I stumbled across this image and something immediately stood out to me. This is a photograph of a discrete TPM card. That silver cylinder on the left is a crystal oscillator, used to tell time with very high precision. At first I thought it must be used as a clock source, but if I recall correctly, TPMs and other tamper-resistant microcontrollers rarely, if ever, use external clock sources in order to make glitching attacks more difficult. What use would a TPM have for accurate timekeeping? If it actually is being used as an external clock source, what is done, if anything, to mitigate clock glitching?


EDIT: It seems I was incorrect claiming TPMs never using an external clock. According to the datasheet for SLB9635TT2.0, the LCLK pin provides an external clock typically driven by the PCI bus (normally 1-33 MHz). However, there is no explanation in the datasheet for the oscillator.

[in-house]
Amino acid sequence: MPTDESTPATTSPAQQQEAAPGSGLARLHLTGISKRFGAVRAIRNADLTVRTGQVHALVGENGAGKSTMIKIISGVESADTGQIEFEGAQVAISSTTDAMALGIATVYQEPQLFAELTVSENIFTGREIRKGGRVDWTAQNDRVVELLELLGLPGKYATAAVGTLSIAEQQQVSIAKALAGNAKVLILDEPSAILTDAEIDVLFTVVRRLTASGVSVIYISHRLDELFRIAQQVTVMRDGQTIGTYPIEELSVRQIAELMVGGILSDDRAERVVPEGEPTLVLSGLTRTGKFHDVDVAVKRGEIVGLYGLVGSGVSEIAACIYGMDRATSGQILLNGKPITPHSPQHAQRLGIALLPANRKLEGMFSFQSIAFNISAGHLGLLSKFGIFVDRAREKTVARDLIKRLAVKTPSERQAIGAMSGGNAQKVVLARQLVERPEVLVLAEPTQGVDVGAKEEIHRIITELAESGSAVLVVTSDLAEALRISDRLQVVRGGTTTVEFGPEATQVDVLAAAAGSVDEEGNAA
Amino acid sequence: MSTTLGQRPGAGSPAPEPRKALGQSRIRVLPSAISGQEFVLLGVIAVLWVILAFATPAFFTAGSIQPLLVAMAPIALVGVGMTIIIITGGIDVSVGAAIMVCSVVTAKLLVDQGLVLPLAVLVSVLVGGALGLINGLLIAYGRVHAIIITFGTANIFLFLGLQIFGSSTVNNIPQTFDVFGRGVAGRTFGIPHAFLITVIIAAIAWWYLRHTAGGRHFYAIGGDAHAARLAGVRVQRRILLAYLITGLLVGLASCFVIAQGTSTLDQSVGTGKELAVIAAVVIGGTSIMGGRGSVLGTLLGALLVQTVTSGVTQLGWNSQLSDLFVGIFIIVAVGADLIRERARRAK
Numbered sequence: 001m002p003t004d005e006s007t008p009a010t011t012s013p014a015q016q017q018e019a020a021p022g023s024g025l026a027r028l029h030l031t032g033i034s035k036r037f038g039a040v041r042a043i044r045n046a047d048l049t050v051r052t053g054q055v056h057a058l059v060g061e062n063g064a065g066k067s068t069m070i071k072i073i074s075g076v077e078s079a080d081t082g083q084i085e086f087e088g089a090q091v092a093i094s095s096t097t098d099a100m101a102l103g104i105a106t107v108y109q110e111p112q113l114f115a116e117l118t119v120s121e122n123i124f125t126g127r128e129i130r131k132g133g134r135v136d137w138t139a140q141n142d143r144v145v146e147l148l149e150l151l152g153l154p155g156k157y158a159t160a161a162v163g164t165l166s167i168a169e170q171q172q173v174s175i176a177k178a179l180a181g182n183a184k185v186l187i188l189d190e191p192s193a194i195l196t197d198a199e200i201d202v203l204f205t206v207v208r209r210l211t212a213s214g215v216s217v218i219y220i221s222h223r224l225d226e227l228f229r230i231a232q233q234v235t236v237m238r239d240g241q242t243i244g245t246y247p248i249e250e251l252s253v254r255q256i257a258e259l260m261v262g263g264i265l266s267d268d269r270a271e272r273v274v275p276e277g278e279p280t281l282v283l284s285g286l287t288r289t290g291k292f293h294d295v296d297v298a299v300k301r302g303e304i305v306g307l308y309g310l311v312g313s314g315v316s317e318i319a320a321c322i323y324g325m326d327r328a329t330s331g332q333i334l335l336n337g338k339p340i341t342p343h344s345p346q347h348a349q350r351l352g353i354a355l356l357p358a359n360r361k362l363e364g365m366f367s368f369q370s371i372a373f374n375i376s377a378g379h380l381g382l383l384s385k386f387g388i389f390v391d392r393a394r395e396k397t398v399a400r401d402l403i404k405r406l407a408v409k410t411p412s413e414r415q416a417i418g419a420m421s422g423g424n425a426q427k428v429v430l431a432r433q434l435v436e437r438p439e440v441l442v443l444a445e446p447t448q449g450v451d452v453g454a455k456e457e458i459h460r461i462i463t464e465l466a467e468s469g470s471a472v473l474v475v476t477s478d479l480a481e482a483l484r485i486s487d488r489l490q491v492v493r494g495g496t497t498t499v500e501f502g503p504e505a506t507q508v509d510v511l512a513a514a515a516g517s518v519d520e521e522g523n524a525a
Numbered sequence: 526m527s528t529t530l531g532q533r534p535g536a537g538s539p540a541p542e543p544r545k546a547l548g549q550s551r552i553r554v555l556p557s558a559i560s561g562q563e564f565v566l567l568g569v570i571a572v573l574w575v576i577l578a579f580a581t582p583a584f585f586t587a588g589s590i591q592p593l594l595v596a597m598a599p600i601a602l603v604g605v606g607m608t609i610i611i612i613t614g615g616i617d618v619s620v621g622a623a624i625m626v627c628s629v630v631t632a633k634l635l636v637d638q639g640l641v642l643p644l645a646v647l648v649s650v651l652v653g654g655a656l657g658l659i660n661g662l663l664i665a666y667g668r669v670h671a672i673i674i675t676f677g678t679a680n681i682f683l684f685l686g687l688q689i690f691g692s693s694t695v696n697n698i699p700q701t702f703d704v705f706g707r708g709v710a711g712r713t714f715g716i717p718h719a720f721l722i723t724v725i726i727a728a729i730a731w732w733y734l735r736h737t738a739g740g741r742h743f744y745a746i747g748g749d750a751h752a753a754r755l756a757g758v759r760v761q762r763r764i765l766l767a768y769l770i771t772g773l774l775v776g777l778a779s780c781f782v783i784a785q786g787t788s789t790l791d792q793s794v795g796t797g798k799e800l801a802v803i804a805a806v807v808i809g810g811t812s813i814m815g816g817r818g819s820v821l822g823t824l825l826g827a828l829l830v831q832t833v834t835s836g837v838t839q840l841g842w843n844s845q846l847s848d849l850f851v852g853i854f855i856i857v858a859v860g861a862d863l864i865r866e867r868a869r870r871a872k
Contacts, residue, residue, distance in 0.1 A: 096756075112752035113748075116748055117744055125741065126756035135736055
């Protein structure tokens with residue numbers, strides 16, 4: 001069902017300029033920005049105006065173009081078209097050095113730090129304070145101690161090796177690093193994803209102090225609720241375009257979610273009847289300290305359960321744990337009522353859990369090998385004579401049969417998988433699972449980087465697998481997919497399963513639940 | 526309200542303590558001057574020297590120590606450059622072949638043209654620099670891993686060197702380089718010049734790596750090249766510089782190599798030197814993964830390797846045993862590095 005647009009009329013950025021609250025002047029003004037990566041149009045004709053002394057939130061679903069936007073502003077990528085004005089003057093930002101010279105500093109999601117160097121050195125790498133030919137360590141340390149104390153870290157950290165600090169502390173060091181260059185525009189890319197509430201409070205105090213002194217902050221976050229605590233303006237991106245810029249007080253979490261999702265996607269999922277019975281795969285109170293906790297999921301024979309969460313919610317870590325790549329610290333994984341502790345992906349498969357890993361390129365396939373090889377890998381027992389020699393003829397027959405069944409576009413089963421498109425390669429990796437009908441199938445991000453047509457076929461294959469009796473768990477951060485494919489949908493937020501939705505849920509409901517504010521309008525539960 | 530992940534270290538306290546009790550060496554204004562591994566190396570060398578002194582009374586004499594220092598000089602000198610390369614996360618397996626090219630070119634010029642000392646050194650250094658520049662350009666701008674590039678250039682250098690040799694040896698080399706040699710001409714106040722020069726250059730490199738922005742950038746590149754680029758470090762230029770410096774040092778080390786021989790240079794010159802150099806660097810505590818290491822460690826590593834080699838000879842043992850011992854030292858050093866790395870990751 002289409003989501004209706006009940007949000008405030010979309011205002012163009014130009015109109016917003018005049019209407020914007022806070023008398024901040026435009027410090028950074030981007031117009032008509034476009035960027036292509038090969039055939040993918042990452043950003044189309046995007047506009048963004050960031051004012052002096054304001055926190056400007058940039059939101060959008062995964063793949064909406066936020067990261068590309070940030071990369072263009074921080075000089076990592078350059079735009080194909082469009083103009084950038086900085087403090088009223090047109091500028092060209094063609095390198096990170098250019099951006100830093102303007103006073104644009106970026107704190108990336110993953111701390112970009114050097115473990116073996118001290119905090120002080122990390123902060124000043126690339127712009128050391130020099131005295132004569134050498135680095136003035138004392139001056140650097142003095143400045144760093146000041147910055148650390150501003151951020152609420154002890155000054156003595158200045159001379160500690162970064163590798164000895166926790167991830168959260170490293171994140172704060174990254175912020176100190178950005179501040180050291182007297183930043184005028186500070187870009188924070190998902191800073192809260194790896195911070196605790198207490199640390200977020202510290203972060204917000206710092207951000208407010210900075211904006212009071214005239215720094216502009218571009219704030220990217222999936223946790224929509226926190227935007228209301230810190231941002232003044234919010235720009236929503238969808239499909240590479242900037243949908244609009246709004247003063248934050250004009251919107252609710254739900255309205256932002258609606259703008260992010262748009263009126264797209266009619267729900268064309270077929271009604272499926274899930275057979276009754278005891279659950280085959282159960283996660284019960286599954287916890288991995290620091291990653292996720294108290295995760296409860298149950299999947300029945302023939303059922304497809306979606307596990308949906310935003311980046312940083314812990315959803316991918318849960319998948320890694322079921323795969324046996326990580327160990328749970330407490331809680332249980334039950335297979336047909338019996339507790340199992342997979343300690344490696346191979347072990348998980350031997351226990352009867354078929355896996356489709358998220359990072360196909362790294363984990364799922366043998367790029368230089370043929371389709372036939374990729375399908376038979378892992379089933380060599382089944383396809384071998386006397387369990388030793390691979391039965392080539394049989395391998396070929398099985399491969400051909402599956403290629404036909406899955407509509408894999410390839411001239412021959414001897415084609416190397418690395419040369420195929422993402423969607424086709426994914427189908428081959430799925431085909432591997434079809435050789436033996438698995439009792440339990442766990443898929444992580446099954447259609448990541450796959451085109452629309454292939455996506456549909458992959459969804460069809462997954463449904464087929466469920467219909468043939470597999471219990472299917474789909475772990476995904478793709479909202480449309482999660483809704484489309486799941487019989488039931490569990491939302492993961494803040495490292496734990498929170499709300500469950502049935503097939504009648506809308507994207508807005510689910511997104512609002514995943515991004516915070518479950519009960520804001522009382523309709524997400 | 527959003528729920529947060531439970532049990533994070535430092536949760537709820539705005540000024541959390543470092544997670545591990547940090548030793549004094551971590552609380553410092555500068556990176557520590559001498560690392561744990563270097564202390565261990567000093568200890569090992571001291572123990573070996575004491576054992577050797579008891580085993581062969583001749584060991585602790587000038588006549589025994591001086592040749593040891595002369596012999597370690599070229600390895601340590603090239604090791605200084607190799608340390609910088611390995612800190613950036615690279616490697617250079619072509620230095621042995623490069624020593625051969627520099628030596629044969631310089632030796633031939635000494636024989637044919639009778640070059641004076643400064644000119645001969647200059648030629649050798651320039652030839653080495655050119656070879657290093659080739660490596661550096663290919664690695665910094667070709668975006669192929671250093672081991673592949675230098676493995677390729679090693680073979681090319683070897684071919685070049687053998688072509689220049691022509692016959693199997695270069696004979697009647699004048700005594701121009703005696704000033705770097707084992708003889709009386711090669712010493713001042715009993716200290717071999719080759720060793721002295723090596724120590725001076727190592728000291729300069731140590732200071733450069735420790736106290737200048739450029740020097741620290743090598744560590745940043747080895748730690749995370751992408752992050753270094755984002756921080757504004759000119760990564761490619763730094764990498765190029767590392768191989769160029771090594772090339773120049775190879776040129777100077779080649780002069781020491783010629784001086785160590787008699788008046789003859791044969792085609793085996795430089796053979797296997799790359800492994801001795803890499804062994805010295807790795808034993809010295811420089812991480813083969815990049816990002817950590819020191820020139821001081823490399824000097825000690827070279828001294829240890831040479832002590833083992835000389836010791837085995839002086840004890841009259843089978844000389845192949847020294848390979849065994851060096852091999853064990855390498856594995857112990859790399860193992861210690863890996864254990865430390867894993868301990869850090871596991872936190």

1 Answer 1


The oscillator is a mandatory component for the TPM system to function.

The TPM module has a 100 kHz SMBus which is synced using that oscillator.

If the TPM board also has a wireless sensor node, that one also gets synced by the same oscillator.

Here's a basic schematic for the Atmel AT97SC3203S-based TPM modules:

enter image description here

  • To expand on this, the reason glitching attacks aren't an issue is because the TPM standard requires active monitoring for environmental anomalies (out-of-spec clock, over/under-voltage, even temperature or radiation extremes). At least according to some other datasheets and product briefs I've just read through.
    – forest
    May 26, 2018 at 3:12

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